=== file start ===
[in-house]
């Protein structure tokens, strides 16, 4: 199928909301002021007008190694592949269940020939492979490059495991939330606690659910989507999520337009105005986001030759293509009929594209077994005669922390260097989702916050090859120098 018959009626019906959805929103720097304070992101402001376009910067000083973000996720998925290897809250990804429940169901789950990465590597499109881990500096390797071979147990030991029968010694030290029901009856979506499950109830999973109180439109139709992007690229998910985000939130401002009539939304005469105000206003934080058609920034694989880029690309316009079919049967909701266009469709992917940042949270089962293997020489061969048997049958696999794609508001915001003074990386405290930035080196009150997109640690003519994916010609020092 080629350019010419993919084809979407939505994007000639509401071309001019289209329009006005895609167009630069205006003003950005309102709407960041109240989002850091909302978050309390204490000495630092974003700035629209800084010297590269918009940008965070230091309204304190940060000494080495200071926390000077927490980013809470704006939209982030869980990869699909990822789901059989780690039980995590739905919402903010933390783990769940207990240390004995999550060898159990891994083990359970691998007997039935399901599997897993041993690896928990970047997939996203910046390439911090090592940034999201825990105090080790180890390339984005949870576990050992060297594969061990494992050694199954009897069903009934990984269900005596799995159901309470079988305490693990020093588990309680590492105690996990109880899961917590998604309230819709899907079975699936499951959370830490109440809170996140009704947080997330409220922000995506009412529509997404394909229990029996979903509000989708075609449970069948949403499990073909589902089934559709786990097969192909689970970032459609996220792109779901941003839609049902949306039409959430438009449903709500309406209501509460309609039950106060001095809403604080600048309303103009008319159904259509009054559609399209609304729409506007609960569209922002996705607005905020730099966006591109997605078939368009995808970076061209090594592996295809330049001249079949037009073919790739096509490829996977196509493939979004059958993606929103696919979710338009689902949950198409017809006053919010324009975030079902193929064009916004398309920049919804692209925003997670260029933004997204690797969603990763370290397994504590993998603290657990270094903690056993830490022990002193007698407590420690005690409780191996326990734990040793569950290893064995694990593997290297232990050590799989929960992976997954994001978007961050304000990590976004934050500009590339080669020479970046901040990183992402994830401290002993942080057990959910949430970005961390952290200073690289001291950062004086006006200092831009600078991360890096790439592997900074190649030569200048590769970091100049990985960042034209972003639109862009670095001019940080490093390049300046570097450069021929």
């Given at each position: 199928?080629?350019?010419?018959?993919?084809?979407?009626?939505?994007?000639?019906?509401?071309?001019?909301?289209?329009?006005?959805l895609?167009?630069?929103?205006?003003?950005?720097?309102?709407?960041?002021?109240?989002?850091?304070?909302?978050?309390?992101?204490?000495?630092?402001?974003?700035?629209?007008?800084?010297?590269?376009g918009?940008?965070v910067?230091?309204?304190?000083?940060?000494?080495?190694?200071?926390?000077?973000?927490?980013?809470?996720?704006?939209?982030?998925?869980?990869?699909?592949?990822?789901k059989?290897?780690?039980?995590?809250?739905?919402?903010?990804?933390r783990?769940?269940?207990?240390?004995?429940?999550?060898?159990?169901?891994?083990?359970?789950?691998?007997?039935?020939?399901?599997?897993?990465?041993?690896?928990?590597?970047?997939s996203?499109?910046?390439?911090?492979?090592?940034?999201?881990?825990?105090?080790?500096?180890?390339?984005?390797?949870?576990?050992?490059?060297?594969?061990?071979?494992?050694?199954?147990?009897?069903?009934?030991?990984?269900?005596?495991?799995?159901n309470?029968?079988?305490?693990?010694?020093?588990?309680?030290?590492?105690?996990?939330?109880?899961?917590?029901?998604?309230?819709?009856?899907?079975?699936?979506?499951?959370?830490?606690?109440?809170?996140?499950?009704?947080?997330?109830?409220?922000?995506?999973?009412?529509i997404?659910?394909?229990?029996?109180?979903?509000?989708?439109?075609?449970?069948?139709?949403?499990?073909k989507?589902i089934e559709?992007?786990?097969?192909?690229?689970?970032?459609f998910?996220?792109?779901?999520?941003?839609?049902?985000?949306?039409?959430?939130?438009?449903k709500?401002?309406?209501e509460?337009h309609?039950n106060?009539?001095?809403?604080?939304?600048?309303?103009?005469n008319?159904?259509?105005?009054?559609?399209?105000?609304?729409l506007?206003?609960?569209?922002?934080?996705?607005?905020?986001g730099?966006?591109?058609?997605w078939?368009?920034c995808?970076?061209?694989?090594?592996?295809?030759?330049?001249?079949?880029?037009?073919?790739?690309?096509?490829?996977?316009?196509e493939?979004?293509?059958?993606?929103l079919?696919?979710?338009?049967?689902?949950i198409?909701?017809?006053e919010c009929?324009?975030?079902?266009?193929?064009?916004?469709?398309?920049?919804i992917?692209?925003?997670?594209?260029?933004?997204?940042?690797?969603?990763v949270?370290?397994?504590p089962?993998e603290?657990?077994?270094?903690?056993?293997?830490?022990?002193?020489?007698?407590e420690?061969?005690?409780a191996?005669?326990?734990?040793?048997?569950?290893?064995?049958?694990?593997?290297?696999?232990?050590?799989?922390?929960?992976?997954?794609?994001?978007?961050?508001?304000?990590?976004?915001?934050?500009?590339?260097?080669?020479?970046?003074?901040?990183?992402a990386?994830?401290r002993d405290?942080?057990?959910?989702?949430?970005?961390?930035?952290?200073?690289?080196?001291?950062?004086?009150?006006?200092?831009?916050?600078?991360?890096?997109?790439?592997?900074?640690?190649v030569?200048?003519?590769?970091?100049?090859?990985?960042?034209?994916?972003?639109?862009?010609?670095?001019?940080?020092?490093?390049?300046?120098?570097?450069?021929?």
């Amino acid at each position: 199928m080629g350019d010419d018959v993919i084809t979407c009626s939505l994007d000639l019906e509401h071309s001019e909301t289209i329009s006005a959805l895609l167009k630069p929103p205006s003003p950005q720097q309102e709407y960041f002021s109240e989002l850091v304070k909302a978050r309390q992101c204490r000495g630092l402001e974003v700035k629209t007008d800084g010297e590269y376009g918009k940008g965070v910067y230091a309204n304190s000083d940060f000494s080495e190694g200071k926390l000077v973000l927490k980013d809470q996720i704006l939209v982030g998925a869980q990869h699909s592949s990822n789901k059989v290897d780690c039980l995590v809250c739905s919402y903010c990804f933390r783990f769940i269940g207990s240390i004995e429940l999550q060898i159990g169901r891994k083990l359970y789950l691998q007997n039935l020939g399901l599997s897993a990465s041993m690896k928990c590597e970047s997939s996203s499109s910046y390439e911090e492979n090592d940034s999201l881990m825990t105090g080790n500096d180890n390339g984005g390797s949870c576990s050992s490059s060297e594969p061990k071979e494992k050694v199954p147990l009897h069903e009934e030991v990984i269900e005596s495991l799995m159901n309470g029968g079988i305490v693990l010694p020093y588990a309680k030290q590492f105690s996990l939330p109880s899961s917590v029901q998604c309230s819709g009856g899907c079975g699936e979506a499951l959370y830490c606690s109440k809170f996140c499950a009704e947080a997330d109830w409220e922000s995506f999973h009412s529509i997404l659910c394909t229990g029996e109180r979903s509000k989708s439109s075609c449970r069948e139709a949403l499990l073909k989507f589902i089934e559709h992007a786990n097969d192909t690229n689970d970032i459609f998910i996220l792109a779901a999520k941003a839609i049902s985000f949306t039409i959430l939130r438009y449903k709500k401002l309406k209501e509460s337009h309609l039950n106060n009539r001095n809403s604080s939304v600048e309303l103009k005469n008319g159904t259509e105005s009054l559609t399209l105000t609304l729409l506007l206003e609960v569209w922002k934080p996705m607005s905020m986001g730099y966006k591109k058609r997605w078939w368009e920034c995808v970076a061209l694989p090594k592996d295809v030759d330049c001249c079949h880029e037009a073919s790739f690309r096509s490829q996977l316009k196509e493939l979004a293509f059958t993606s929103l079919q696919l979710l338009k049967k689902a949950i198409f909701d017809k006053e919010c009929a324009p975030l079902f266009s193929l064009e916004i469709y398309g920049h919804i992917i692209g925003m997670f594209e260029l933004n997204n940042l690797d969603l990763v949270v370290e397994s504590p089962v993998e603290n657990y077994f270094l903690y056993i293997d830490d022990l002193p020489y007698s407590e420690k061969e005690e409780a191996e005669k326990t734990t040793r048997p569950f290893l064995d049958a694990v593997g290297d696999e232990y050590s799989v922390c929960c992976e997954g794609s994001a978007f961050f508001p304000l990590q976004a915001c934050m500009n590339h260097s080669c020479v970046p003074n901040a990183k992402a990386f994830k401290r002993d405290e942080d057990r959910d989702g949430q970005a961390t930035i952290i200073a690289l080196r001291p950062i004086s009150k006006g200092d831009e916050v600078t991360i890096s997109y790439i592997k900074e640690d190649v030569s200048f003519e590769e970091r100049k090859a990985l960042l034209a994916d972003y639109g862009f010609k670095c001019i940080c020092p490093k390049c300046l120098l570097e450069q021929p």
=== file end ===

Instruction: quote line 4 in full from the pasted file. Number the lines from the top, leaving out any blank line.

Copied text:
């Amino acid at each position: 199928m080629g350019d010419d018959v993919i084809t979407c009626s939505l994007d000639l019906e509401h071309s001019e909301t289209i329009s006005a959805l895609l167009k630069p929103p205006s003003p950005q720097q309102e709407y960041f002021s109240e989002l850091v304070k909302a978050r309390q992101c204490r000495g630092l402001e974003v700035k629209t007008d800084g010297e590269y376009g918009k940008g965070v910067y230091a309204n304190s000083d940060f000494s080495e190694g200071k926390l000077v973000l927490k980013d809470q996720i704006l939209v982030g998925a869980q990869h699909s592949s990822n789901k059989v290897d780690c039980l995590v809250c739905s919402y903010c990804f933390r783990f769940i269940g207990s240390i004995e429940l999550q060898i159990g169901r891994k083990l359970y789950l691998q007997n039935l020939g399901l599997s897993a990465s041993m690896k928990c590597e970047s997939s996203s499109s910046y390439e911090e492979n090592d940034s999201l881990m825990t105090g080790n500096d180890n390339g984005g390797s949870c576990s050992s490059s060297e594969p061990k071979e494992k050694v199954p147990l009897h069903e009934e030991v990984i269900e005596s495991l799995m159901n309470g029968g079988i305490v693990l010694p020093y588990a309680k030290q590492f105690s996990l939330p109880s899961s917590v029901q998604c309230s819709g009856g899907c079975g699936e979506a499951l959370y830490c606690s109440k809170f996140c499950a009704e947080a997330d109830w409220e922000s995506f999973h009412s529509i997404l659910c394909t229990g029996e109180r979903s509000k989708s439109s075609c449970r069948e139709a949403l499990l073909k989507f589902i089934e559709h992007a786990n097969d192909t690229n689970d970032i459609f998910i996220l792109a779901a999520k941003a839609i049902s985000f949306t039409i959430l939130r438009y449903k709500k401002l309406k209501e509460s337009h309609l039950n106060n009539r001095n809403s604080s939304v600048e309303l103009k005469n008319g159904t259509e105005s009054l559609t399209l105000t609304l729409l506007l206003e609960v569209w922002k934080p996705m607005s905020m986001g730099y966006k591109k058609r997605w078939w368009e920034c995808v970076a061209l694989p090594k592996d295809v030759d330049c001249c079949h880029e037009a073919s790739f690309r096509s490829q996977l316009k196509e493939l979004a293509f059958t993606s929103l079919q696919l979710l338009k049967k689902a949950i198409f909701d017809k006053e919010c009929a324009p975030l079902f266009s193929l064009e916004i469709y398309g920049h919804i992917i692209g925003m997670f594209e260029l933004n997204n940042l690797d969603l990763v949270v370290e397994s504590p089962v993998e603290n657990y077994f270094l903690y056993i293997d830490d022990l002193p020489y007698s407590e420690k061969e005690e409780a191996e005669k326990t734990t040793r048997p569950f290893l064995d049958a694990v593997g290297d696999e232990y050590s799989v922390c929960c992976e997954g794609s994001a978007f961050f508001p304000l990590q976004a915001c934050m500009n590339h260097s080669c020479v970046p003074n901040a990183k992402a990386f994830k401290r002993d405290e942080d057990r959910d989702g949430q970005a961390t930035i952290i200073a690289l080196r001291p950062i004086s009150k006006g200092d831009e916050v600078t991360i890096s997109y790439i592997k900074e640690d190649v030569s200048f003519e590769e970091r100049k090859a990985l960042l034209a994916d972003y639109g862009f010609k670095c001019i940080c020092p490093k390049c300046l120098l570097e450069q021929p």